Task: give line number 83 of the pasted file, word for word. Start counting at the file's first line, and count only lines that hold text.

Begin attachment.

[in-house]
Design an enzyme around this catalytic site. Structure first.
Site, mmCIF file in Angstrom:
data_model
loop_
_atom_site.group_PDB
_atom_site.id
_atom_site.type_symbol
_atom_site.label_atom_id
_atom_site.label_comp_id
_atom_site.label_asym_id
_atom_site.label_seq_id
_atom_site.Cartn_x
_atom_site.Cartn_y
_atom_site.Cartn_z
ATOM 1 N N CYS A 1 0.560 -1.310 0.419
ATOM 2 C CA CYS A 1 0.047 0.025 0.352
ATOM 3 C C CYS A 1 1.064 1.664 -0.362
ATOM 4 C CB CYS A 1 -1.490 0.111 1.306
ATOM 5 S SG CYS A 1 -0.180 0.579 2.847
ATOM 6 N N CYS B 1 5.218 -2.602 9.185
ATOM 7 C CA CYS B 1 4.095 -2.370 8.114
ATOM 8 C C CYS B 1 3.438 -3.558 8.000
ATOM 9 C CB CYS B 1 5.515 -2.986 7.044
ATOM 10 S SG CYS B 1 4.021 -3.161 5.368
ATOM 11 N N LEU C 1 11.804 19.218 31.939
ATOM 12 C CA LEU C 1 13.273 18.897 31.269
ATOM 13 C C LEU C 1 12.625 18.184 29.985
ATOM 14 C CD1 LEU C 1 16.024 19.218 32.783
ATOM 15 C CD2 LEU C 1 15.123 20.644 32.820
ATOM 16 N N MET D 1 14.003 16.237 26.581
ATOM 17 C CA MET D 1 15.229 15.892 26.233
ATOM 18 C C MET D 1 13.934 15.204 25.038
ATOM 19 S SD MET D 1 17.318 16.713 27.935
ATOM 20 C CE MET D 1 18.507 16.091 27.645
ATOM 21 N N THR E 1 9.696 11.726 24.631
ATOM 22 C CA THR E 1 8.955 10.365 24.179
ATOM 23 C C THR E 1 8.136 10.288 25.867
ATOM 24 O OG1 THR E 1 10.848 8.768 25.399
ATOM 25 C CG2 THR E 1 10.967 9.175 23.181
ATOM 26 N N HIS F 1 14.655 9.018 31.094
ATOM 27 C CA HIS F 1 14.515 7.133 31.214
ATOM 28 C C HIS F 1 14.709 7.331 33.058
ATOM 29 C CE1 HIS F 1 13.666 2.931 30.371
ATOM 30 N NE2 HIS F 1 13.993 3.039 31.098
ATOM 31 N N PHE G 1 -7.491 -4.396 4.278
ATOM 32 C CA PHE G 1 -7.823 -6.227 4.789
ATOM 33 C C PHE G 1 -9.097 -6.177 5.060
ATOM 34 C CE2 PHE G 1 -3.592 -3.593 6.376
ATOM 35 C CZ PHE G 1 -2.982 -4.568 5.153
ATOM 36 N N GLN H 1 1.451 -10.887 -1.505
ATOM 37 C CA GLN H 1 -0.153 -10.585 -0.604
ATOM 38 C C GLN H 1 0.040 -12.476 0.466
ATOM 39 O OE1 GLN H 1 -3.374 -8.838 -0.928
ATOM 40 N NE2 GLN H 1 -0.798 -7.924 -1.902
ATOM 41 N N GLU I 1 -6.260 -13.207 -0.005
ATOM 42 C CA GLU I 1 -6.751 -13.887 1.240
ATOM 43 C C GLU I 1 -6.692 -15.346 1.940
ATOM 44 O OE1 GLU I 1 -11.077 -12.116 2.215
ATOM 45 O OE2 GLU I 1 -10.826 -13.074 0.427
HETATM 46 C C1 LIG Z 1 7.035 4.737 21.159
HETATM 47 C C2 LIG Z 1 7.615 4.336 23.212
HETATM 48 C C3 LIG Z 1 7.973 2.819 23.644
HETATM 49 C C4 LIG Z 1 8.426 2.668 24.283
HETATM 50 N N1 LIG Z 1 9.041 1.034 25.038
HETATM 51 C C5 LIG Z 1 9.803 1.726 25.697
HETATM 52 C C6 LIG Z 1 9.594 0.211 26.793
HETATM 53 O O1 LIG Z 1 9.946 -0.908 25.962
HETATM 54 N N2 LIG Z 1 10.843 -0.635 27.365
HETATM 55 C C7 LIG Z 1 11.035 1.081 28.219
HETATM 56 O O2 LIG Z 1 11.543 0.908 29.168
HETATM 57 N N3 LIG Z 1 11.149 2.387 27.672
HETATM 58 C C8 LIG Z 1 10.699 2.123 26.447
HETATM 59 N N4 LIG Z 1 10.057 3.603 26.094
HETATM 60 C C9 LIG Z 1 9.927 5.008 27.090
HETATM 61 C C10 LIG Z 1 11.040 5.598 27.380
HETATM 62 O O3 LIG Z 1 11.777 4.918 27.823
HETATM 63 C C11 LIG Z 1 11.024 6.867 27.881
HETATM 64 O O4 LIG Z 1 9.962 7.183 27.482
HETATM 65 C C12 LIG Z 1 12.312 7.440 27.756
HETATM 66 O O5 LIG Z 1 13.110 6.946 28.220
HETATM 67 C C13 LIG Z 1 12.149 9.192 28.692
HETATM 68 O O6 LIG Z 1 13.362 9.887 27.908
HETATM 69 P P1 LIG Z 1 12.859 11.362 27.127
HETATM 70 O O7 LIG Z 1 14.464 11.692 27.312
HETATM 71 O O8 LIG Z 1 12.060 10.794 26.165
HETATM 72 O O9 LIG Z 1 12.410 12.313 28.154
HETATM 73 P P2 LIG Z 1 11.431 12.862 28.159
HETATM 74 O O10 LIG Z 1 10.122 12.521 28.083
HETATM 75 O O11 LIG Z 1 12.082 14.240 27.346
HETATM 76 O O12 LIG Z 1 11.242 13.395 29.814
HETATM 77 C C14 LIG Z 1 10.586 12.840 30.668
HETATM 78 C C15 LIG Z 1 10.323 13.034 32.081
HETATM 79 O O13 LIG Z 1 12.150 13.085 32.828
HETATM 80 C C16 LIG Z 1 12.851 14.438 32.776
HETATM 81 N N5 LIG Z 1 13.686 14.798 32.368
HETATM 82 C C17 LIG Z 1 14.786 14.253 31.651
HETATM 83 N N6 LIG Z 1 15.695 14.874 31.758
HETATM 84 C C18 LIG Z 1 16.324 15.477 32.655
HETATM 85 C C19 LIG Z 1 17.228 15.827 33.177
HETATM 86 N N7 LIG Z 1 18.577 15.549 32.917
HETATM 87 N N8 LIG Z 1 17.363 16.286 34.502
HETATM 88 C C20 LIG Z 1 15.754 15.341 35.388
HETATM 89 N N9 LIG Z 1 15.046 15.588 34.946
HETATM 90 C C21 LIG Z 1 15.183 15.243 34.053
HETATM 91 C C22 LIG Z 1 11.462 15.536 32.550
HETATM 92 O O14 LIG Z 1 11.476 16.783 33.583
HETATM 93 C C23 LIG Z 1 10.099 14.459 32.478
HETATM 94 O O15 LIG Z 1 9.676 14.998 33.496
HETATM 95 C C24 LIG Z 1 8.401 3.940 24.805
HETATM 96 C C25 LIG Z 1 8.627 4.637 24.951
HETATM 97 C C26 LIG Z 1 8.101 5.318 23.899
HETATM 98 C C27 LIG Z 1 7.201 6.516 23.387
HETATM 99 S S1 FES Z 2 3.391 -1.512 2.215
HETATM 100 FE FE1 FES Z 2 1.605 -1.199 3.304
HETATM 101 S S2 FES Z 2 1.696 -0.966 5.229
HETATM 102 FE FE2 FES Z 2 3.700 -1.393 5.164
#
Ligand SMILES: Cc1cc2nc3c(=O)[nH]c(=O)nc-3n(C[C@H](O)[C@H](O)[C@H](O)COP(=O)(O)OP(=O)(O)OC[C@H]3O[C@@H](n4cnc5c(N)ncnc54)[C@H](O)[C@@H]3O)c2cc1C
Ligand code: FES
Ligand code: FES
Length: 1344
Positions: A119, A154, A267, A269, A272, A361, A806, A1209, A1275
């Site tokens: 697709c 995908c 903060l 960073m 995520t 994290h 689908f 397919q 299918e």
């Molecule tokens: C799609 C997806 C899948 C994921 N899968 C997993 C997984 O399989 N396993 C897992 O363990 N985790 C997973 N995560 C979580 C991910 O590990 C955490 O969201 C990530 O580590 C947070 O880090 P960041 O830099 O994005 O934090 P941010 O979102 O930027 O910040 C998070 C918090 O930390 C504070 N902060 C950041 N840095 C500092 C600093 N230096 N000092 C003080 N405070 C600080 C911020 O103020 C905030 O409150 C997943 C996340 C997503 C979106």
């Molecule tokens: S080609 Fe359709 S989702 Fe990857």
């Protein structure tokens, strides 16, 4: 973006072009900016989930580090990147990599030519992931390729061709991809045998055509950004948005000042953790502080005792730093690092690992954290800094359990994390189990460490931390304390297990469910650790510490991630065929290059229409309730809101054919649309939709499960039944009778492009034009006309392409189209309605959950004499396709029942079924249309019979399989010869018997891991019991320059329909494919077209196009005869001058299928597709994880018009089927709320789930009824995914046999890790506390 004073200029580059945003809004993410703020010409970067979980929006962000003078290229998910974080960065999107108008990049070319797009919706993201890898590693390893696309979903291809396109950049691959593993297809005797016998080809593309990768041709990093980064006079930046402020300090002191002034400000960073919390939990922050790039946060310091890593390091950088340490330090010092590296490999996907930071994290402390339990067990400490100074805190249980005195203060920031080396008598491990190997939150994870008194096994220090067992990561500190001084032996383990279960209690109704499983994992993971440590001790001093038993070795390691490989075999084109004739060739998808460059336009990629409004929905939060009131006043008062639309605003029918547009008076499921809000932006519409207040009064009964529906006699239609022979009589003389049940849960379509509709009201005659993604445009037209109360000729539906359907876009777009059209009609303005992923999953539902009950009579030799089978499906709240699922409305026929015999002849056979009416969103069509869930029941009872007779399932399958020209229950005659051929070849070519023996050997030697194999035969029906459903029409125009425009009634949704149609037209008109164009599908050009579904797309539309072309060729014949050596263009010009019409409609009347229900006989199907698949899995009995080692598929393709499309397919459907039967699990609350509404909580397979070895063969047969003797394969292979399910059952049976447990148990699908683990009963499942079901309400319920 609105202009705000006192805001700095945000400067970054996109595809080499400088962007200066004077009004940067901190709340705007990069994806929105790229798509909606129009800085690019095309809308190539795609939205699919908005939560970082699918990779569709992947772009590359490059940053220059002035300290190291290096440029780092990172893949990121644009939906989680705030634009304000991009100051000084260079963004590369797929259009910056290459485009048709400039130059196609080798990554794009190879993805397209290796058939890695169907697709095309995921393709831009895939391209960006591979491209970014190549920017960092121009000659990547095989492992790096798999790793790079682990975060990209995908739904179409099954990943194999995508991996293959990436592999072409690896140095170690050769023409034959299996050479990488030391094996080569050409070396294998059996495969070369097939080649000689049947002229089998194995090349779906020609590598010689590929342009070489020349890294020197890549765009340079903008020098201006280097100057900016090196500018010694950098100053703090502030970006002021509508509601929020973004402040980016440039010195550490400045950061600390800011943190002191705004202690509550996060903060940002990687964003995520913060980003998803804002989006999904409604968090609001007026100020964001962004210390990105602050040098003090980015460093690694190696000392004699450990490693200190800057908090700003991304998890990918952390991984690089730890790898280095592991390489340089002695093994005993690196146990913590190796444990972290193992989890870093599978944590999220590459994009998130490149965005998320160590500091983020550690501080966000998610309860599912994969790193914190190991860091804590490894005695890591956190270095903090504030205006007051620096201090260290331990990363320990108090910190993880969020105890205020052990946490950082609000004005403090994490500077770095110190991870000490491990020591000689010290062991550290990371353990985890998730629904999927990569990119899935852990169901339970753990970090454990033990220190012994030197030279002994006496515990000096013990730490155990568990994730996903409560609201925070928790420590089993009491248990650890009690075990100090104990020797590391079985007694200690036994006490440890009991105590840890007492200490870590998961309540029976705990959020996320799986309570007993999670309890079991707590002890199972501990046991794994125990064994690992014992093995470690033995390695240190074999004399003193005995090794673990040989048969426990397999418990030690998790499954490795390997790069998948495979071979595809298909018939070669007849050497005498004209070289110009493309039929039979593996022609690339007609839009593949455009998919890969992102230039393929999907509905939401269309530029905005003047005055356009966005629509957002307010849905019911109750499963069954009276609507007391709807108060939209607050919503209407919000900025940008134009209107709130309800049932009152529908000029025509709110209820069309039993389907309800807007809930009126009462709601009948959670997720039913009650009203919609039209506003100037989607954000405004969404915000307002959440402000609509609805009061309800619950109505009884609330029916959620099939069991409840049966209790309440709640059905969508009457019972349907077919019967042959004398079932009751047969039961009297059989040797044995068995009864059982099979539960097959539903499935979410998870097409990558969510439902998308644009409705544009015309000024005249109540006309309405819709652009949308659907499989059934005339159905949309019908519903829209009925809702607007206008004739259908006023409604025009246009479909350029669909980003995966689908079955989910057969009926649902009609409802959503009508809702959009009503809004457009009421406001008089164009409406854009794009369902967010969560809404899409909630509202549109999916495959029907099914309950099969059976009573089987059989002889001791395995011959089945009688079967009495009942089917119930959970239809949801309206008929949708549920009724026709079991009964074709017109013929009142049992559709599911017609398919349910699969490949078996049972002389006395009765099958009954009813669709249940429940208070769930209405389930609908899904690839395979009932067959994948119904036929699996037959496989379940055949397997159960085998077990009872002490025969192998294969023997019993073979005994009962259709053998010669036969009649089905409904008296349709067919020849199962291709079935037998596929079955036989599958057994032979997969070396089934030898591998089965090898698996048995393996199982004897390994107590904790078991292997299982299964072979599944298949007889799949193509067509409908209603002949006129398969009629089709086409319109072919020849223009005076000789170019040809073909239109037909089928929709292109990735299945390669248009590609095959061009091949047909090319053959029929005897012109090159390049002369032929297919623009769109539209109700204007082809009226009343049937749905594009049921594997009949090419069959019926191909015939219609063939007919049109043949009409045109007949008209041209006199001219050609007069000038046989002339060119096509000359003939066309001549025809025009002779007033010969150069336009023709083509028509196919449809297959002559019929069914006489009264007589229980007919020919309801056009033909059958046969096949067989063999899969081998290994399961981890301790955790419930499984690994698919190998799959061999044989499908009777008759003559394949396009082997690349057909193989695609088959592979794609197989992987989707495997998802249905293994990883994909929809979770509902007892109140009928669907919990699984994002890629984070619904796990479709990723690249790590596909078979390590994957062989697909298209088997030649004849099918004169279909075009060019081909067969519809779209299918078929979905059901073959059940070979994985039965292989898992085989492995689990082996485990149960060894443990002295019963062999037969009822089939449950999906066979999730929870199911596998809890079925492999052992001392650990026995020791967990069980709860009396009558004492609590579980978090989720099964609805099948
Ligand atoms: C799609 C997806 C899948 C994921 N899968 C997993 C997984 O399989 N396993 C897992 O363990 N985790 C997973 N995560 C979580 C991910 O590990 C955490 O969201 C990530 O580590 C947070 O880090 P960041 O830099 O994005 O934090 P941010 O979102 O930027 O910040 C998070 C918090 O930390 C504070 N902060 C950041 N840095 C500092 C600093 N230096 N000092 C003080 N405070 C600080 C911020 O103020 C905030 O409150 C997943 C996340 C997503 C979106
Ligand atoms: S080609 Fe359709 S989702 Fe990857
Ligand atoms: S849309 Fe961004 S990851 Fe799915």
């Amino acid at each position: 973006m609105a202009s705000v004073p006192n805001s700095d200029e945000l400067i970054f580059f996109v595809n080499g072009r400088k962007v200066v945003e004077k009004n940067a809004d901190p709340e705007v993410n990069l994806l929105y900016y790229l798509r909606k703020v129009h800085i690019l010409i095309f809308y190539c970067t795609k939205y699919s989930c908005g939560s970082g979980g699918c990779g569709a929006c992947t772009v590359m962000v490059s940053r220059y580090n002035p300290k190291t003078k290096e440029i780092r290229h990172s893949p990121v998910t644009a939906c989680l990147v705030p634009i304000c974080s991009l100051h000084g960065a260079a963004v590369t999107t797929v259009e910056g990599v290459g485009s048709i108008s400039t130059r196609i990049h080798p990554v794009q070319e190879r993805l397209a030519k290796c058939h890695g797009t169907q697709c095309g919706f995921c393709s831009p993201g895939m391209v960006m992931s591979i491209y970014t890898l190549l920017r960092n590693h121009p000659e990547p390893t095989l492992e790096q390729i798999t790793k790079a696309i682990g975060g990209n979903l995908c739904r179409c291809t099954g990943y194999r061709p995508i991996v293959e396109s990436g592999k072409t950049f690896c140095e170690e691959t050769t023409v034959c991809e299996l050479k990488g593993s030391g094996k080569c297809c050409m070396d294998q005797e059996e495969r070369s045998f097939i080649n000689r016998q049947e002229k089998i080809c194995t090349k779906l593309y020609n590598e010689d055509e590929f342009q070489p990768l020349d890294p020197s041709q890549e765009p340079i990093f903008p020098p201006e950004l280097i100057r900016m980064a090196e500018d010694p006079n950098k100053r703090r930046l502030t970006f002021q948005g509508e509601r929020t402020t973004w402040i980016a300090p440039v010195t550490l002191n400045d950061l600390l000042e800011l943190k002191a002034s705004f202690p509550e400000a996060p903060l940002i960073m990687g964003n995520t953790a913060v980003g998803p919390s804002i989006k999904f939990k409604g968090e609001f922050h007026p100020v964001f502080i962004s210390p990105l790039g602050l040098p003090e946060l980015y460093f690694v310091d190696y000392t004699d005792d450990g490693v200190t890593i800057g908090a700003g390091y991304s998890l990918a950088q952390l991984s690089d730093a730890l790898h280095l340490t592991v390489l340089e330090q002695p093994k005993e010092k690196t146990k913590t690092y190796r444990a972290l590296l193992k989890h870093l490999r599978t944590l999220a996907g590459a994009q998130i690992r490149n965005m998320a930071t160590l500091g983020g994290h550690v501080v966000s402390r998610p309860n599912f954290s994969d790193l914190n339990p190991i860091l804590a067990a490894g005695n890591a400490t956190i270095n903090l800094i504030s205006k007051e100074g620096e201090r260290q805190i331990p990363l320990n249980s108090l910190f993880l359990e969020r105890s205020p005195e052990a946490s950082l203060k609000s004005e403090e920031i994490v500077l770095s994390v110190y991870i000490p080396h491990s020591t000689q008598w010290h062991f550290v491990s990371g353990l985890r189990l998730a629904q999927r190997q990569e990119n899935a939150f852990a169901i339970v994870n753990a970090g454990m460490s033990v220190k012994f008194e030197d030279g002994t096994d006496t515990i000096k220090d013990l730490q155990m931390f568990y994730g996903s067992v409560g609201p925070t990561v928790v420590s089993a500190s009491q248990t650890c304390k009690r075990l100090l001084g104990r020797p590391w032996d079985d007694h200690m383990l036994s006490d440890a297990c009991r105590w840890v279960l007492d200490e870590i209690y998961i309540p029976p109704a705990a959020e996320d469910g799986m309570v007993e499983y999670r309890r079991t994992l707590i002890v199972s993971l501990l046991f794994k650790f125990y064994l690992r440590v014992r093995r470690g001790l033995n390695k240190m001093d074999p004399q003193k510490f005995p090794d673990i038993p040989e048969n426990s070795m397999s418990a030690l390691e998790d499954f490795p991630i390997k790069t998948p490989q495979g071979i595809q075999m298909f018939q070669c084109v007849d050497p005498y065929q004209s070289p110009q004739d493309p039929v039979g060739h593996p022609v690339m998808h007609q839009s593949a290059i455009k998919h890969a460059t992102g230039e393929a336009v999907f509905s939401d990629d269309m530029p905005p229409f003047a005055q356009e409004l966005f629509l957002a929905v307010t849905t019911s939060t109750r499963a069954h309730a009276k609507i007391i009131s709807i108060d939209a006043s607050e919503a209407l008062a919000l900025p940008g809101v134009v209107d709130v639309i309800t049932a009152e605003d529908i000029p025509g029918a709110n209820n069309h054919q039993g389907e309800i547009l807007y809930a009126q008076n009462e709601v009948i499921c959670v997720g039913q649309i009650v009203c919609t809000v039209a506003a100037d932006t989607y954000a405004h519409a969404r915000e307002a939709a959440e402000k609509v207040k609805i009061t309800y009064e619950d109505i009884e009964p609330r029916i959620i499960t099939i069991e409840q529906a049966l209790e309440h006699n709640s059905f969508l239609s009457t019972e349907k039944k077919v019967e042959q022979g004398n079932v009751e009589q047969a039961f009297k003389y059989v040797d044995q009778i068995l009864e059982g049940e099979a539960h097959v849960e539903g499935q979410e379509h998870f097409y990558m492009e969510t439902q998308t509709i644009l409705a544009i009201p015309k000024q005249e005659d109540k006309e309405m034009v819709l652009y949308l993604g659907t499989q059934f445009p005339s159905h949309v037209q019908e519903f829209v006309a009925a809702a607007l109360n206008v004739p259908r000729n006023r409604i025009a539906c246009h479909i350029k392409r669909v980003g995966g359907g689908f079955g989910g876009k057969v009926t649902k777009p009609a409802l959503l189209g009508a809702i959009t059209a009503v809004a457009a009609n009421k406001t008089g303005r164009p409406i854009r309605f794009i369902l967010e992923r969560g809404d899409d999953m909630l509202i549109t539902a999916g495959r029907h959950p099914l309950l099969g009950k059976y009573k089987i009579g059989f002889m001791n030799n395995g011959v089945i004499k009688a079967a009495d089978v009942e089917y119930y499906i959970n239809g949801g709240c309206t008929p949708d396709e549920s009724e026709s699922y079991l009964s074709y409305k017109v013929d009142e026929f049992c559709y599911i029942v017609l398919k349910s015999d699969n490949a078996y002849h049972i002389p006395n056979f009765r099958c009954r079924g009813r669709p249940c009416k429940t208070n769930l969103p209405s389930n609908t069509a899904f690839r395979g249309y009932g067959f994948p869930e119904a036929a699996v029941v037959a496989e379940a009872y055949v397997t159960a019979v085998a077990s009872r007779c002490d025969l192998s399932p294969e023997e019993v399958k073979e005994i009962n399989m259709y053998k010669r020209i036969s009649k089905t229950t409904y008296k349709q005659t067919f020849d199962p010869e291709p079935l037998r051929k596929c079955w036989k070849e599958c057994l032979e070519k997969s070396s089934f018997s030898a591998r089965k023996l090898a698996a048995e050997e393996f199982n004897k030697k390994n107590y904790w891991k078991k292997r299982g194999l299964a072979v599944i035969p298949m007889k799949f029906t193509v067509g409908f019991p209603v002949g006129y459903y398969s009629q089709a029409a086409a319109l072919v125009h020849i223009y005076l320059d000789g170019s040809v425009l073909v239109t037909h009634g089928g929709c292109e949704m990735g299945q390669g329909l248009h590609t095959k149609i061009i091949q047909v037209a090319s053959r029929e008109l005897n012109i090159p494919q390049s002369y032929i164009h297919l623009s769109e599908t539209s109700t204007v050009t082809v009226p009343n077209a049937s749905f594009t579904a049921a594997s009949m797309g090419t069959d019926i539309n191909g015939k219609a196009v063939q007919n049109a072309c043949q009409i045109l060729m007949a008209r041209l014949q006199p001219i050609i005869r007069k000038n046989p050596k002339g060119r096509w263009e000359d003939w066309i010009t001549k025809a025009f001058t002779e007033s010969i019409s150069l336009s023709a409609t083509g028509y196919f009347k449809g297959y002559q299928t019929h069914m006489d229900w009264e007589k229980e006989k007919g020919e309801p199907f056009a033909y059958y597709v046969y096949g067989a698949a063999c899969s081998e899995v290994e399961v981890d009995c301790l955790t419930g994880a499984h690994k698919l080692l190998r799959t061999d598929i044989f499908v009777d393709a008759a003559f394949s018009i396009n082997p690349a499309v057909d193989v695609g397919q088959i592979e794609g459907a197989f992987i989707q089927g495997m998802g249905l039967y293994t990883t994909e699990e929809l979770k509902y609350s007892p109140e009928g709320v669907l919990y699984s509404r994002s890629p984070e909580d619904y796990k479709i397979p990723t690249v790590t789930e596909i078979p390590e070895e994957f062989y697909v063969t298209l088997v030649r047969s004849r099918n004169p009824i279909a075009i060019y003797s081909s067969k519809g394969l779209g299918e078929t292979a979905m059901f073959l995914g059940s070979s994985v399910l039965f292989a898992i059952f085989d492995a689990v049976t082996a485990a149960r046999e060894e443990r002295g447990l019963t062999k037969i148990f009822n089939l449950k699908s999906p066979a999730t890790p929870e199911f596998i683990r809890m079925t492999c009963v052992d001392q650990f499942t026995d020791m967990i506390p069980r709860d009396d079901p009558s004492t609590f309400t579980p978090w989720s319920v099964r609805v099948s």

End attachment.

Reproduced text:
HETATM 68 O O6 LIG Z 1 13.362 9.887 27.908